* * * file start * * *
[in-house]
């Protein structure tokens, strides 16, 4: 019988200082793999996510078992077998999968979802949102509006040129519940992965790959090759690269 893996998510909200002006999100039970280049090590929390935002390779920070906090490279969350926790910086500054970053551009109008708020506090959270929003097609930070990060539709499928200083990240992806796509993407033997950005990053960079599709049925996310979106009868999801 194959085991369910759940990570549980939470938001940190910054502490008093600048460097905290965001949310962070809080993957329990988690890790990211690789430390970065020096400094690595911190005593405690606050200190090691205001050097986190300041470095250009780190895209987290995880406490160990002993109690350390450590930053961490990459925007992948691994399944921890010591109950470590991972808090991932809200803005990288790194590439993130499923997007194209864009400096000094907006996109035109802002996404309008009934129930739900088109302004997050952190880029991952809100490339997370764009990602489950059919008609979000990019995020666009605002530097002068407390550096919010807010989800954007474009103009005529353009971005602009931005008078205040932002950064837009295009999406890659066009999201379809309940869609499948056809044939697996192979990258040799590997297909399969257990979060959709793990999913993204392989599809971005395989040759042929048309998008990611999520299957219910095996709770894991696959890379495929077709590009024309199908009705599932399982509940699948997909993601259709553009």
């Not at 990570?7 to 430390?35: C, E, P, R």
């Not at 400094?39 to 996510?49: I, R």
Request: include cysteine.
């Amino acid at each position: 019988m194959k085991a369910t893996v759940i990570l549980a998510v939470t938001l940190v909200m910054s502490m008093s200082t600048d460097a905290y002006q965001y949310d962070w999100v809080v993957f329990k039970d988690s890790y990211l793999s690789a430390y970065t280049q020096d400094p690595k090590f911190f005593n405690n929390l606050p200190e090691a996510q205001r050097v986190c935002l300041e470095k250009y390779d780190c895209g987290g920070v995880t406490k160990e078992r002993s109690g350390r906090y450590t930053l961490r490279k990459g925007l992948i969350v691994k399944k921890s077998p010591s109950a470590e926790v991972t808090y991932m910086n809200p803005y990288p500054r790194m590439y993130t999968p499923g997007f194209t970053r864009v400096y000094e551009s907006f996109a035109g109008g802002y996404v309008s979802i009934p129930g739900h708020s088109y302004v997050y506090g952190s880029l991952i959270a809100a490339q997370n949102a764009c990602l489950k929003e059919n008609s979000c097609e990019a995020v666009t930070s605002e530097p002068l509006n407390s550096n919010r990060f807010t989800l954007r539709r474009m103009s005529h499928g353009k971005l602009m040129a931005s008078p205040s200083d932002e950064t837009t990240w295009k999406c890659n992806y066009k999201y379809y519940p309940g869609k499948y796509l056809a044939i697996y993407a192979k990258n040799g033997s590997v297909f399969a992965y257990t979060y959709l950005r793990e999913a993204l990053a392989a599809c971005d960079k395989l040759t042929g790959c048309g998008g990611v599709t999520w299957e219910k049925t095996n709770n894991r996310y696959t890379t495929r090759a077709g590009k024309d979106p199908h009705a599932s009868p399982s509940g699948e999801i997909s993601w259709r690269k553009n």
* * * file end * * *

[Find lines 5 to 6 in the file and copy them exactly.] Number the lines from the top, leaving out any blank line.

Request: include cysteine.
């Amino acid at each position: 019988m194959k085991a369910t893996v759940i990570l549980a998510v939470t938001l940190v909200m910054s502490m008093s200082t600048d460097a905290y002006q965001y949310d962070w999100v809080v993957f329990k039970d988690s890790y990211l793999s690789a430390y970065t280049q020096d400094p690595k090590f911190f005593n405690n929390l606050p200190e090691a996510q205001r050097v986190c935002l300041e470095k250009y390779d780190c895209g987290g920070v995880t406490k160990e078992r002993s109690g350390r906090y450590t930053l961490r490279k990459g925007l992948i969350v691994k399944k921890s077998p010591s109950a470590e926790v991972t808090y991932m910086n809200p803005y990288p500054r790194m590439y993130t999968p499923g997007f194209t970053r864009v400096y000094e551009s907006f996109a035109g109008g802002y996404v309008s979802i009934p129930g739900h708020s088109y302004v997050y506090g952190s880029l991952i959270a809100a490339q997370n949102a764009c990602l489950k929003e059919n008609s979000c097609e990019a995020v666009t930070s605002e530097p002068l509006n407390s550096n919010r990060f807010t989800l954007r539709r474009m103009s005529h499928g353009k971005l602009m040129a931005s008078p205040s200083d932002e950064t837009t990240w295009k999406c890659n992806y066009k999201y379809y519940p309940g869609k499948y796509l056809a044939i697996y993407a192979k990258n040799g033997s590997v297909f399969a992965y257990t979060y959709l950005r793990e999913a993204l990053a392989a599809c971005d960079k395989l040759t042929g790959c048309g998008g990611v599709t999520w299957e219910k049925t095996n709770n894991r996310y696959t890379t495929r090759a077709g590009k024309d979106p199908h009705a599932s009868p399982s509940g699948e999801i997909s993601w259709r690269k553009n």